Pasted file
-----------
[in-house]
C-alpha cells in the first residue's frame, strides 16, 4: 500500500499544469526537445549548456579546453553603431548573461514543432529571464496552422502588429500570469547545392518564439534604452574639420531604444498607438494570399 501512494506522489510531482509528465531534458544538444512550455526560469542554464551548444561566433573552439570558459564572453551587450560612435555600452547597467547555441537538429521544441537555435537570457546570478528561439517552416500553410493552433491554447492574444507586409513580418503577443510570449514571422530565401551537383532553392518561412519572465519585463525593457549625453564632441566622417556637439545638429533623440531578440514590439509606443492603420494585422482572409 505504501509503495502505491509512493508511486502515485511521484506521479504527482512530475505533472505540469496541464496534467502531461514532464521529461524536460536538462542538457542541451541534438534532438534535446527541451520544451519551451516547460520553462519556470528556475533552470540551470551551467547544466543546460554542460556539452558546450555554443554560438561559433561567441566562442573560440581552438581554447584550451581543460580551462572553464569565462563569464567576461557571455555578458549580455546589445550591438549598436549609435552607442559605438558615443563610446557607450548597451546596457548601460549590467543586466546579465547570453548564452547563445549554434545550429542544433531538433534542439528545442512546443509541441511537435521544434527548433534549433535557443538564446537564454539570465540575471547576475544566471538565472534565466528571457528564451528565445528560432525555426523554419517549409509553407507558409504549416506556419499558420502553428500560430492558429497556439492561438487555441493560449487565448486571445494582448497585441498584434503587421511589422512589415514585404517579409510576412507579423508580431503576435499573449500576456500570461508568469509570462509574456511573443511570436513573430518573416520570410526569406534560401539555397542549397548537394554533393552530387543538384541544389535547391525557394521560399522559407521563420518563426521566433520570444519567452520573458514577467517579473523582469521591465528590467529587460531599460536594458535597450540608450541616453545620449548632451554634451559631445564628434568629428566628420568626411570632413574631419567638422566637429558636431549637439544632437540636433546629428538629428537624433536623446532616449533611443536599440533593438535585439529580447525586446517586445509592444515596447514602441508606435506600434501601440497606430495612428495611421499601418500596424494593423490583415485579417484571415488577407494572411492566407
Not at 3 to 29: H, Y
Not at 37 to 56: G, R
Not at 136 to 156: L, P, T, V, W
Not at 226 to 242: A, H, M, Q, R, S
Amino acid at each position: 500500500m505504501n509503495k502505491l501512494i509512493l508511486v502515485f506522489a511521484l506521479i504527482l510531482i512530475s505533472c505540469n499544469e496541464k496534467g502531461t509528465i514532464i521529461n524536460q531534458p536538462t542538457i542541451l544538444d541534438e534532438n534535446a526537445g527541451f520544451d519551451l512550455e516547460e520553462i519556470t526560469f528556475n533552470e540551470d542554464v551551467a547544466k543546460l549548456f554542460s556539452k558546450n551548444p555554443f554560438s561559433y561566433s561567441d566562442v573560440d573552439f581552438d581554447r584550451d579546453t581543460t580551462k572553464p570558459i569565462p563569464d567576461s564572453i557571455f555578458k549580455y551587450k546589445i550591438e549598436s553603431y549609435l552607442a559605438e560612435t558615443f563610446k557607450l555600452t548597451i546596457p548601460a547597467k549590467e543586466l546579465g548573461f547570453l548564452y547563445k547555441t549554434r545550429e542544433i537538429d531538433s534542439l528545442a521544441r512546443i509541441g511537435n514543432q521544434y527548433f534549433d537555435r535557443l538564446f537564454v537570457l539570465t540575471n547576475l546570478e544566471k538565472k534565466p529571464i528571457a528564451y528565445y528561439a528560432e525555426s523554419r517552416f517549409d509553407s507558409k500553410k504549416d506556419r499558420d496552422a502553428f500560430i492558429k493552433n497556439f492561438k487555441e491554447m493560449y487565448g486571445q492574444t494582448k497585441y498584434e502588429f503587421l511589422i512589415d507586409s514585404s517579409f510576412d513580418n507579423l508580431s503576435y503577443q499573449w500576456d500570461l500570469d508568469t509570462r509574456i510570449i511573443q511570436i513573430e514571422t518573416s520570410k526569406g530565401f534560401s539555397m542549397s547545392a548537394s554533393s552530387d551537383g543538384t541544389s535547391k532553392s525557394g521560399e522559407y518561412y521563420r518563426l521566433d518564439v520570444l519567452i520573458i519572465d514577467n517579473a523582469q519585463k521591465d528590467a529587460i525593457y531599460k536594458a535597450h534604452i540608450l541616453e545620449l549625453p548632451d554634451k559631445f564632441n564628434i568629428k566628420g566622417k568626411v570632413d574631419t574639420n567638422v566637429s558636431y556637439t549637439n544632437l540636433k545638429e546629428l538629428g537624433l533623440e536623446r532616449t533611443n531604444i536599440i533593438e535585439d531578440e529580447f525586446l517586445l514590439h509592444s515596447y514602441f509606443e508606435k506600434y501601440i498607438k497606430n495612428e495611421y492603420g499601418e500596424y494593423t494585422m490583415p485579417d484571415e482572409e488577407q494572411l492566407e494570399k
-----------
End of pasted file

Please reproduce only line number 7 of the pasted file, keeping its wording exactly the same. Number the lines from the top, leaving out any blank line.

Amino acid at each position: 500500500m505504501n509503495k502505491l501512494i509512493l508511486v502515485f506522489a511521484l506521479i504527482l510531482i512530475s505533472c505540469n499544469e496541464k496534467g502531461t509528465i514532464i521529461n524536460q531534458p536538462t542538457i542541451l544538444d541534438e534532438n534535446a526537445g527541451f520544451d519551451l512550455e516547460e520553462i519556470t526560469f528556475n533552470e540551470d542554464v551551467a547544466k543546460l549548456f554542460s556539452k558546450n551548444p555554443f554560438s561559433y561566433s561567441d566562442v573560440d573552439f581552438d581554447r584550451d579546453t581543460t580551462k572553464p570558459i569565462p563569464d567576461s564572453i557571455f555578458k549580455y551587450k546589445i550591438e549598436s553603431y549609435l552607442a559605438e560612435t558615443f563610446k557607450l555600452t548597451i546596457p548601460a547597467k549590467e543586466l546579465g548573461f547570453l548564452y547563445k547555441t549554434r545550429e542544433i537538429d531538433s534542439l528545442a521544441r512546443i509541441g511537435n514543432q521544434y527548433f534549433d537555435r535557443l538564446f537564454v537570457l539570465t540575471n547576475l546570478e544566471k538565472k534565466p529571464i528571457a528564451y528565445y528561439a528560432e525555426s523554419r517552416f517549409d509553407s507558409k500553410k504549416d506556419r499558420d496552422a502553428f500560430i492558429k493552433n497556439f492561438k487555441e491554447m493560449y487565448g486571445q492574444t494582448k497585441y498584434e502588429f503587421l511589422i512589415d507586409s514585404s517579409f510576412d513580418n507579423l508580431s503576435y503577443q499573449w500576456d500570461l500570469d508568469t509570462r509574456i510570449i511573443q511570436i513573430e514571422t518573416s520570410k526569406g530565401f534560401s539555397m542549397s547545392a548537394s554533393s552530387d551537383g543538384t541544389s535547391k532553392s525557394g521560399e522559407y518561412y521563420r518563426l521566433d518564439v520570444l519567452i520573458i519572465d514577467n517579473a523582469q519585463k521591465d528590467a529587460i525593457y531599460k536594458a535597450h534604452i540608450l541616453e545620449l549625453p548632451d554634451k559631445f564632441n564628434i568629428k566628420g566622417k568626411v570632413d574631419t574639420n567638422v566637429s558636431y556637439t549637439n544632437l540636433k545638429e546629428l538629428g537624433l533623440e536623446r532616449t533611443n531604444i536599440i533593438e535585439d531578440e529580447f525586446l517586445l514590439h509592444s515596447y514602441f509606443e508606435k506600434y501601440i498607438k497606430n495612428e495611421y492603420g499601418e500596424y494593423t494585422m490583415p485579417d484571415e482572409e488577407q494572411l492566407e494570399k